Norman Shaw (1)

In waiting for someone last week, I was able to catch up with our Norman Shaw exhibition in the Tennant Gallery, which has been open for a while.   But I missed the opening.   It shows the quality of his work and his commitment to drawing as a means of expression (I liked the comment which he added to a bad drawing done by someone in his office, ‘What hideous drawings !  Did anyone ever see such Vulgar looking things – I am quite ashamed of them’).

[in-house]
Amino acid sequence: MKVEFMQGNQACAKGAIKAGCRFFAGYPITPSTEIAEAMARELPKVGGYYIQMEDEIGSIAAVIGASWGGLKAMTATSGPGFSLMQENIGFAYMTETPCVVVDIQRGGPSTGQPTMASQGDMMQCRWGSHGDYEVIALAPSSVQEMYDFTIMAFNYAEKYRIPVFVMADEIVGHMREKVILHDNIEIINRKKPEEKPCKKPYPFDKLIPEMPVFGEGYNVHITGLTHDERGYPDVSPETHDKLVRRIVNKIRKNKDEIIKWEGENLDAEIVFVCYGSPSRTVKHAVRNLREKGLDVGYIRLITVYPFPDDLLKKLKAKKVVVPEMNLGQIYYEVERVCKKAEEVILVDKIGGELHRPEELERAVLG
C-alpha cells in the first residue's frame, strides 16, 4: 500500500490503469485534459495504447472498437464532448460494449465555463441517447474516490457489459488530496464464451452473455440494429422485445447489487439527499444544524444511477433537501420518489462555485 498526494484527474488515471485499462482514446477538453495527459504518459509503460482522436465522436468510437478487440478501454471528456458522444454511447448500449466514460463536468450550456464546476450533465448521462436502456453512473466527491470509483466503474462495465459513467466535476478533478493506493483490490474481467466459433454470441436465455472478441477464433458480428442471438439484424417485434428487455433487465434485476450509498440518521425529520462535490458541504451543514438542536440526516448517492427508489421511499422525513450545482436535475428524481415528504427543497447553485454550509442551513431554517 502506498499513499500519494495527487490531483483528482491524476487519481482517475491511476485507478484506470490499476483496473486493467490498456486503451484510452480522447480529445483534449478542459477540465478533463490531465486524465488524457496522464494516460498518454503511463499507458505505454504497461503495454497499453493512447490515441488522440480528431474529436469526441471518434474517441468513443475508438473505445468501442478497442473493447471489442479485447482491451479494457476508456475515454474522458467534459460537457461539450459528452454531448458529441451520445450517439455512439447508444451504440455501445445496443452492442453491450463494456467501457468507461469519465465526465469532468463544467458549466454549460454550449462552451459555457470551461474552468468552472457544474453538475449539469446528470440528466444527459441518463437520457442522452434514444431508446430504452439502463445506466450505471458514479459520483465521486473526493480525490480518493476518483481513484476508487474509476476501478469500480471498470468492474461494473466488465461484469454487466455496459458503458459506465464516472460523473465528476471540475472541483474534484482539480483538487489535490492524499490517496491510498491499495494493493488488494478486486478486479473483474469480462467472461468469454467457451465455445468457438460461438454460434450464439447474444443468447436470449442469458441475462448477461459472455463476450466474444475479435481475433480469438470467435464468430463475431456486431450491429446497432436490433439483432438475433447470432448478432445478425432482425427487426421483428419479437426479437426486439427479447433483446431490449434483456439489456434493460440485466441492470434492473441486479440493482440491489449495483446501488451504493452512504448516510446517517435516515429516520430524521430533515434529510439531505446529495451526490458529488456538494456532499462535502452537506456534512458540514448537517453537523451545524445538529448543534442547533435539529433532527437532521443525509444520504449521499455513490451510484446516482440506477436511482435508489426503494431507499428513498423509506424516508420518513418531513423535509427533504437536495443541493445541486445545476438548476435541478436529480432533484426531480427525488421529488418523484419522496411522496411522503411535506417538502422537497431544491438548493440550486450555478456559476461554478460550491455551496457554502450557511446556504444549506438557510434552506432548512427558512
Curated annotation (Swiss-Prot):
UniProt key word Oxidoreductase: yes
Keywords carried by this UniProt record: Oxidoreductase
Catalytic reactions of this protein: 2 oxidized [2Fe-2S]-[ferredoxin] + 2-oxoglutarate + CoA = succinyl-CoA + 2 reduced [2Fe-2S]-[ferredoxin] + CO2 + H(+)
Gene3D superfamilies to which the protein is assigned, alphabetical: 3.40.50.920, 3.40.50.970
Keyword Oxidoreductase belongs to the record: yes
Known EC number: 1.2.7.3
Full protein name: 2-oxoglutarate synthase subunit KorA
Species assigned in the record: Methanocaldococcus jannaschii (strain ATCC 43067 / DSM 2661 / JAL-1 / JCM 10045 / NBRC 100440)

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There is no mention of the fact that Shaw trained as an architect in the Royal Academy Schools under C.R.Cockerell, winning the silver medal in 1852 and the gold medal the year after.   His first commission was to design a house for an RA, John Callcott Horsley, in Kent, and he designed studio houses for Luke Fildes and Marcus Stone, in Melbury Road.   In 1872, he became an ARA and a full RA in 1877.   He was elected as Treasurer in 1881, taking over from G.E. Street, but served for only three weeks, handing over to J.C. Horsley, the first non-architect in the post.   This did not prevent him from being appointed to design the new Refreshment Room, now the restaurant, together with a staircase connecting it to new exhibition galleries above, now the large and small Weston Rooms, originally designed as a Watercolour Gallery and the Black and White Gallery for ink drawings and prints.   He was also responsible for the design of the new Architectural Room, now the Academicians’ Room, but retaining some of the characteristics of a Shaw interior, including the plasterwork decoration:

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